Today, South Africa’s ruling African National Congress is choosing a new leader to succeed President Jacob Zuma at a conference in Nasrec, south of Johannesburg.
In the race for the position are seven candidates, but only two Cyril Ramaphosa the current deputy president and former chairperson of the African Union Nkosazana Dlamini-Zuma are more likely to secure the position.
Whoever wins is likely to be the next president of the country.
The ANC has governed South Africa for 23 years. While it has enjoyed large membership in the past years, the party has been marred by infighting and allegations of corruption. The party that has overwhelmingly won every election since 1994 is at crossroads. It is expected that whoever ends at the top position will mold the future of the party.
The candidate will either lead the ANC into another win or to its first national electoral defeat. President Zuma’s two terms come to an end in 2019.
There have been corruption allegations linking Mr Zuma with a wealthy Indian family, the Guptas.
Additionally, the president is faced with 18 charges of fraud and corruption scandals, specifically the 1999 arms deal, which could be reinstated.
Due to these and many other controversies, there have been several attempts both from within ANC and the opposition to remove him as the president of the country, all of which failed.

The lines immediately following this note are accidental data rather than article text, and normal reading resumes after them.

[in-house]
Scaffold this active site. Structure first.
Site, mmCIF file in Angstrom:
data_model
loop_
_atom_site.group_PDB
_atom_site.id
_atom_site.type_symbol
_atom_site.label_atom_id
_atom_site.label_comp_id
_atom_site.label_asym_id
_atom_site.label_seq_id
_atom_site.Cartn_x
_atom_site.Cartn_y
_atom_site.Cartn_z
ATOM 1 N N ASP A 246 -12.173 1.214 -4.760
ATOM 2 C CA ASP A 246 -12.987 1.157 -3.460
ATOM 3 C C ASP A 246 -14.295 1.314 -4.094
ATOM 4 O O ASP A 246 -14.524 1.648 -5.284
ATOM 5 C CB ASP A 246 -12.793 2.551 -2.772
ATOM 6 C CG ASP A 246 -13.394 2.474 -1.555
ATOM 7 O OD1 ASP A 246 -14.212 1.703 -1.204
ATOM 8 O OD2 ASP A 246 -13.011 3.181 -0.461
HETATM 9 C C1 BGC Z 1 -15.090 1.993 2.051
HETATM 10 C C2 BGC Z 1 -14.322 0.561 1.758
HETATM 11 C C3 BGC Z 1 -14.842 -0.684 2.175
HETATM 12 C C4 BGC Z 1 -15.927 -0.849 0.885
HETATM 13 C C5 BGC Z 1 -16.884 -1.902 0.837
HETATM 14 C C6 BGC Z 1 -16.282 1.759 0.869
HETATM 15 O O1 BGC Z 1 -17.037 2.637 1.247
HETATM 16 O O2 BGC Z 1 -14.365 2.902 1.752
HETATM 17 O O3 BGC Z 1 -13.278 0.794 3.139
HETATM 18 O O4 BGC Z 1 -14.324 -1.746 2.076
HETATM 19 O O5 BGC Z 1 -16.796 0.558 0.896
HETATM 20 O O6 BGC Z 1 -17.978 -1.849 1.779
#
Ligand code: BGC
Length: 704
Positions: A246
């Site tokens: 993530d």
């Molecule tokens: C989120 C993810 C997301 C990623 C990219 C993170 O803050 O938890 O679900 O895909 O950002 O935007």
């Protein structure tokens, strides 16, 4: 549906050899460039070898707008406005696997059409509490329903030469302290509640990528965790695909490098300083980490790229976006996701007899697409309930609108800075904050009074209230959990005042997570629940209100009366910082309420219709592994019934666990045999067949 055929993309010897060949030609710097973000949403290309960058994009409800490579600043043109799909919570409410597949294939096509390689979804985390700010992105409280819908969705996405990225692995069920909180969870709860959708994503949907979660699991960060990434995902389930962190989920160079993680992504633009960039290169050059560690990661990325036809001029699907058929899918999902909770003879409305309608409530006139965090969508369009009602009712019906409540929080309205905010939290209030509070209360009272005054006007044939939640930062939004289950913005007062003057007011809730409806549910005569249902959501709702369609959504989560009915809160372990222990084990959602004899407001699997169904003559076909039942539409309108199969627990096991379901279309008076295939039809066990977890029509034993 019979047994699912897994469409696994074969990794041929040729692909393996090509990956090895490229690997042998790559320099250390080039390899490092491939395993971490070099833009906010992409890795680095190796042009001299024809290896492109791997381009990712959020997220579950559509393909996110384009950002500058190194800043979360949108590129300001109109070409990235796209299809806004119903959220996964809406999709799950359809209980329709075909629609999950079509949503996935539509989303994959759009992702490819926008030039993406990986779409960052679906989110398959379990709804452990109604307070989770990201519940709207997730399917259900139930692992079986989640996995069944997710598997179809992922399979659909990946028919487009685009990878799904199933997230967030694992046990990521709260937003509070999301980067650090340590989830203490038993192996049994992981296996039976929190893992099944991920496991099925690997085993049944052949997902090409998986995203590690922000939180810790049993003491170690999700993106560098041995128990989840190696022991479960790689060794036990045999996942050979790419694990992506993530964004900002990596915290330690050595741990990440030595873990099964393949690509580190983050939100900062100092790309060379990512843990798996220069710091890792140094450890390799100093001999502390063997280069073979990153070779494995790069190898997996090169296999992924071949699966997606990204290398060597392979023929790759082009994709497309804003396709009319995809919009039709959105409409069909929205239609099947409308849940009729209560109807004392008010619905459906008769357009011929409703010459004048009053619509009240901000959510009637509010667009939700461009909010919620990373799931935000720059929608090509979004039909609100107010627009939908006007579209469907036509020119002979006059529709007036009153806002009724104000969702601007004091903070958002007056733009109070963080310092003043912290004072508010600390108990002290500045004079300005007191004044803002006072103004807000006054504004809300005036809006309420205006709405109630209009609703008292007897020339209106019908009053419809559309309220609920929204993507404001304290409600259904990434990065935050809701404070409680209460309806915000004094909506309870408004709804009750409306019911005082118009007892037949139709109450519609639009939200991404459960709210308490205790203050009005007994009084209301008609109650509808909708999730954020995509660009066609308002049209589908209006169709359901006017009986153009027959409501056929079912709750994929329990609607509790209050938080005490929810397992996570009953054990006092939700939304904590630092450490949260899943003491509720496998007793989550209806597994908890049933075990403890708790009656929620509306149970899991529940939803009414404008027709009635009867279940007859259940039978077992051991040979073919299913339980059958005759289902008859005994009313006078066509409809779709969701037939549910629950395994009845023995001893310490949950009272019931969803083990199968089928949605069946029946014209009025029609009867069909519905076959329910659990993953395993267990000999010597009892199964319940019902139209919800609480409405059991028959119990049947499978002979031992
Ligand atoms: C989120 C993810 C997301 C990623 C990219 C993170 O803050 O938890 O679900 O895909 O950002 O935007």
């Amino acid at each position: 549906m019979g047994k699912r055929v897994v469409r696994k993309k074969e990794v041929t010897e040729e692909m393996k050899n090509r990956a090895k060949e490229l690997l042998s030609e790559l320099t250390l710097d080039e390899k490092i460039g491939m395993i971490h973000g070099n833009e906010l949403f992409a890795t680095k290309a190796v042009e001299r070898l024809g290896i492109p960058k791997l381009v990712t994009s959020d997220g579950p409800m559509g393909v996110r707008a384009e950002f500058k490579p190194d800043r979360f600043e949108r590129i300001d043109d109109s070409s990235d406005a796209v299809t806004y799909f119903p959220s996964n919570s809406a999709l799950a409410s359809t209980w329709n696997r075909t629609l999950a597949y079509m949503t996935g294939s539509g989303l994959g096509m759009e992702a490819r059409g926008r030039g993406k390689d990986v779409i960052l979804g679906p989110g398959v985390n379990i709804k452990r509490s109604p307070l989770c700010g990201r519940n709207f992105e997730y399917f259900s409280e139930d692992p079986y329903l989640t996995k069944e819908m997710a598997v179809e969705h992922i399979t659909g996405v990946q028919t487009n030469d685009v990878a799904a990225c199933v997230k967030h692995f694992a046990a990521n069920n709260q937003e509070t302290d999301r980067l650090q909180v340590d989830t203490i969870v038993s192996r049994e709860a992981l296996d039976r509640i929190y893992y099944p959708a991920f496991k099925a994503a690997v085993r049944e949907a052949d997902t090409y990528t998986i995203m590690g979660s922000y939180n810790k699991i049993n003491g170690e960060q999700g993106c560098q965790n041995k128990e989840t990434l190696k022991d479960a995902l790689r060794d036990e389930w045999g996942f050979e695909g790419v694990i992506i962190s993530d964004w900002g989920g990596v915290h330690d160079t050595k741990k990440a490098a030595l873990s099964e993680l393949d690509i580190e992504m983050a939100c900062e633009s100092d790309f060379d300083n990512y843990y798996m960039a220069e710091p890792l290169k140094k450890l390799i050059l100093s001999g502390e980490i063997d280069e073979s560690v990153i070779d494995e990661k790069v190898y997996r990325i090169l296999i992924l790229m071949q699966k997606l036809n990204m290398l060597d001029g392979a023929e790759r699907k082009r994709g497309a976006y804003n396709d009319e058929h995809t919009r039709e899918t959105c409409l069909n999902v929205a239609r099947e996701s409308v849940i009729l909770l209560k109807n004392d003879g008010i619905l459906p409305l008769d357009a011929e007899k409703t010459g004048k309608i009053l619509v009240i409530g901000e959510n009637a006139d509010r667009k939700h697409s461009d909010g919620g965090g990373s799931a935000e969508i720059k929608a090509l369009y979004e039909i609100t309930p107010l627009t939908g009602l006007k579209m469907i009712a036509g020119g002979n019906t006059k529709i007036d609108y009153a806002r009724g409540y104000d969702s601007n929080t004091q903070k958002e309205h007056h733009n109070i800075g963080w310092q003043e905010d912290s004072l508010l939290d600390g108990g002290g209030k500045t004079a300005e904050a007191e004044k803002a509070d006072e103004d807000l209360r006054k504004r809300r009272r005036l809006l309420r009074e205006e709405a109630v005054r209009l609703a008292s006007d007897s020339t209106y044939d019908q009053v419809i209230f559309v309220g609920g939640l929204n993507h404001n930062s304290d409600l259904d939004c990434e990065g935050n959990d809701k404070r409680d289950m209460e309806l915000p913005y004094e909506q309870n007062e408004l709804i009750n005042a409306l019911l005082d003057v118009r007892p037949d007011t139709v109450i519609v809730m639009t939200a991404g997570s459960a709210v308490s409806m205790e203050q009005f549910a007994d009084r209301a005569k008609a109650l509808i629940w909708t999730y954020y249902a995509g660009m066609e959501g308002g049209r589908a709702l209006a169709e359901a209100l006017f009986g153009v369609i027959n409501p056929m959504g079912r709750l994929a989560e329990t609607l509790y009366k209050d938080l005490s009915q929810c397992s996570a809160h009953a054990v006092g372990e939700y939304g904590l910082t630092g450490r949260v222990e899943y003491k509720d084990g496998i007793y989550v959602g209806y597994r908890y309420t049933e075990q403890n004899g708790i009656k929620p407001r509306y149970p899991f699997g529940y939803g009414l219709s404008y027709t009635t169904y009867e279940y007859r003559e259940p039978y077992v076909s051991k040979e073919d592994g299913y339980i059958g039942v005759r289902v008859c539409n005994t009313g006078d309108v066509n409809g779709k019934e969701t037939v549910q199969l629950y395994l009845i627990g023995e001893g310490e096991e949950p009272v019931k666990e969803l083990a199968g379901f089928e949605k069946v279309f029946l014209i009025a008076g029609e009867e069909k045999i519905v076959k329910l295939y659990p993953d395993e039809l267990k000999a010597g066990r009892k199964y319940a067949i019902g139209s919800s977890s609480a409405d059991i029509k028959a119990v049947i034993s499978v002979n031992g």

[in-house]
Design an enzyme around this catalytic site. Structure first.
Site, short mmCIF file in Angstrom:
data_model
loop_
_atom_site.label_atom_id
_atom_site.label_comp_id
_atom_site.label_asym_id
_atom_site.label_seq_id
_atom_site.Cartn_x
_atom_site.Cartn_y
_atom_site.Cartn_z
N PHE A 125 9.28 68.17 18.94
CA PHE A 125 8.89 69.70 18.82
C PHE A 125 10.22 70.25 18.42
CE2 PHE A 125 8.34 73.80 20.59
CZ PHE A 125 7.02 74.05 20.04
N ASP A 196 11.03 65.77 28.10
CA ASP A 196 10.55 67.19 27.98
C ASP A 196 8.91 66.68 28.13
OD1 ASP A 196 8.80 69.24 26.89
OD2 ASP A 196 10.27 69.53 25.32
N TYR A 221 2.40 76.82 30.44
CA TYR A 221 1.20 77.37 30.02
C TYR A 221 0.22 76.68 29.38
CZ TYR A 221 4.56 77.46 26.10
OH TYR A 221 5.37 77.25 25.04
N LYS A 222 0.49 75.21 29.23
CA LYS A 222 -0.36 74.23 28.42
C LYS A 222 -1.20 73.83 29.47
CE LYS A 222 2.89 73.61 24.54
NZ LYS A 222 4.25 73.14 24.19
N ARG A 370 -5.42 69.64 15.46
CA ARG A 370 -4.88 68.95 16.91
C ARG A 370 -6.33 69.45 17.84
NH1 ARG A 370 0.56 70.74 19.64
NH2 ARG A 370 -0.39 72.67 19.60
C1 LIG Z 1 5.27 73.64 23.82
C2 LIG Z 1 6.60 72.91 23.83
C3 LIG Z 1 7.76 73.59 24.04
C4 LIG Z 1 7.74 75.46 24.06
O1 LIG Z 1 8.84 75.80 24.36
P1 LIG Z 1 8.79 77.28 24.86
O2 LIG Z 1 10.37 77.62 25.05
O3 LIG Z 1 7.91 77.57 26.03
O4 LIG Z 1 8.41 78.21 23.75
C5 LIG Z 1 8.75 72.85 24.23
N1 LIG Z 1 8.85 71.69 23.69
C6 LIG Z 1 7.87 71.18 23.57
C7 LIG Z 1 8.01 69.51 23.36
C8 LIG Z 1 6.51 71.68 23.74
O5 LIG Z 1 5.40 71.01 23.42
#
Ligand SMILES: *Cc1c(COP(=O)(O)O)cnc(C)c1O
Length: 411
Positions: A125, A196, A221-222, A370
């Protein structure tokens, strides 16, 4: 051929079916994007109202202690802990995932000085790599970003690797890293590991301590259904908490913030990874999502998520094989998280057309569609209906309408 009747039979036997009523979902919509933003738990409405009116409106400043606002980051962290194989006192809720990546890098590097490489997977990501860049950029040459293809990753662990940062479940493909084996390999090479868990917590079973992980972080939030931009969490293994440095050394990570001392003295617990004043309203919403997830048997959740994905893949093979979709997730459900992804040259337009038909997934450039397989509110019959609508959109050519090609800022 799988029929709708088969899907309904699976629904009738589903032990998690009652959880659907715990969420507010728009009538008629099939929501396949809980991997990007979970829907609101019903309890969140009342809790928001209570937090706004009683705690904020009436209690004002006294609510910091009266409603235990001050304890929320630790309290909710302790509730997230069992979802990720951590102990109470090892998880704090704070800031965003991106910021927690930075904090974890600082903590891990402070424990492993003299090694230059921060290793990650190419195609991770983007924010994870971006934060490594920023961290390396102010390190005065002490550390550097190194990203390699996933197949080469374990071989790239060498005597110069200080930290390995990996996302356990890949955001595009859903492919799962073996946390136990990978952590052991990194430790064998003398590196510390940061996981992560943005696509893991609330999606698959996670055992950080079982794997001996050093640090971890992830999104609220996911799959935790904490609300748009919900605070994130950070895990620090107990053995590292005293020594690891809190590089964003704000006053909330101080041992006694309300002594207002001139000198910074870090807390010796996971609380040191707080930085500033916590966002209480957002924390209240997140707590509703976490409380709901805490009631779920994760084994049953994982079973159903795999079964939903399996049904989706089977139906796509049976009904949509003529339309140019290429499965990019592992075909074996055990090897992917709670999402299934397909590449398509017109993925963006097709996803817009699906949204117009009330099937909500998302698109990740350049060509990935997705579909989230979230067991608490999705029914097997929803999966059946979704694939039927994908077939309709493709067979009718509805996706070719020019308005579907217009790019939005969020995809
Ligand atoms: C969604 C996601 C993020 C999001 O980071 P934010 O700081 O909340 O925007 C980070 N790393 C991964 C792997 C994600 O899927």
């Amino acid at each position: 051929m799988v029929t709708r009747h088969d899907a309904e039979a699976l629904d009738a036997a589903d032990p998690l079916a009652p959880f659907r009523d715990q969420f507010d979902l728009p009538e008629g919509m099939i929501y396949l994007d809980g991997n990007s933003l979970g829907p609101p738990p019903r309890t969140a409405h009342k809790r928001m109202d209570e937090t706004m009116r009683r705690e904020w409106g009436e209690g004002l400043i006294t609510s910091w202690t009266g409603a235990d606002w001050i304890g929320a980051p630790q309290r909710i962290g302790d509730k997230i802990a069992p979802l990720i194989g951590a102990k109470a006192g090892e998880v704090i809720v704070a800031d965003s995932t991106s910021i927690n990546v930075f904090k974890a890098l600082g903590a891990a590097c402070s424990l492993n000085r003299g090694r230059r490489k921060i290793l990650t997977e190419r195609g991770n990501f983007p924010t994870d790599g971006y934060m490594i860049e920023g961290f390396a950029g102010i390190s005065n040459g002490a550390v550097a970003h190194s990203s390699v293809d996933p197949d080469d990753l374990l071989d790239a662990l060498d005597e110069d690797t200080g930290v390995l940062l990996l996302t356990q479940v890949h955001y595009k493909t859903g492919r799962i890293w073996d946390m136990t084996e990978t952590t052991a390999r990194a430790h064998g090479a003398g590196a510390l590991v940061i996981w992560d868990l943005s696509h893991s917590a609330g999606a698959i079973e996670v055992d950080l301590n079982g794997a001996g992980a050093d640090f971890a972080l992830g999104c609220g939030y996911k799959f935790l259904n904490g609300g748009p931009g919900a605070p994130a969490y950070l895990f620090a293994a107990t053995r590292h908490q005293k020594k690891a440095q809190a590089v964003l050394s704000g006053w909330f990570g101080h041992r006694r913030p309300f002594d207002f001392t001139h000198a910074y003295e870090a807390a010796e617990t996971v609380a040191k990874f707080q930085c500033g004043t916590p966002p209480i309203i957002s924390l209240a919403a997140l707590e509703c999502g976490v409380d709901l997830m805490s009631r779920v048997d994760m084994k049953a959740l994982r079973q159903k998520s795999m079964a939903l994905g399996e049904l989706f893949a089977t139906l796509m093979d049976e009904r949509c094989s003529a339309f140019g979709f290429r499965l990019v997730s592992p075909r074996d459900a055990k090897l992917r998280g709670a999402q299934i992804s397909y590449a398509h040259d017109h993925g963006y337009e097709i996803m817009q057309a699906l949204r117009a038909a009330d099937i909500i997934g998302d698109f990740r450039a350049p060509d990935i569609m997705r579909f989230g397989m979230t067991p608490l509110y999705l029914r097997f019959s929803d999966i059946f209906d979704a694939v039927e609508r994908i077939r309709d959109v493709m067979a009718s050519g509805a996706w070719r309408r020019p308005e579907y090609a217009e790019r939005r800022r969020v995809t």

While a section of the citizens is excited to have a woman president, they are also concerned that under the leadership of Dlamini-Zuma, the incumbent president’s ex-wife, corruption will not stop.
Zuma handpicked Dlamini-Zuma as his successor. She has support from ANC Women’s League, a powerful women’s rights group that was founded in 1948.
On the other hand, Mr, a wealthy business mogul has support from the business community. He has a track record in private sector. He supports the ANC policies which prescribe putting economic and resources like land in black Africans hands in an effort to address apartheid.
Will ANC pick the first woman to lead AU, as its flag bearer, or will the party settle for a successful businessman?
Whichever the choice, the winner has to unify the party which has suffered major differences in the recent past. They have to address the needs of all South Africans from education, land ownership, to saving the country’s economy.
There are more than 5, 000 delegates taking part on the four-day ANC elective conference.
Nkosazana Dlamini-Zuma (C) and Cyril Ramaphosa (R) are the top challengers in the race to replace President Zuma (L)
Image: Reuters/Siphiwe Sibeko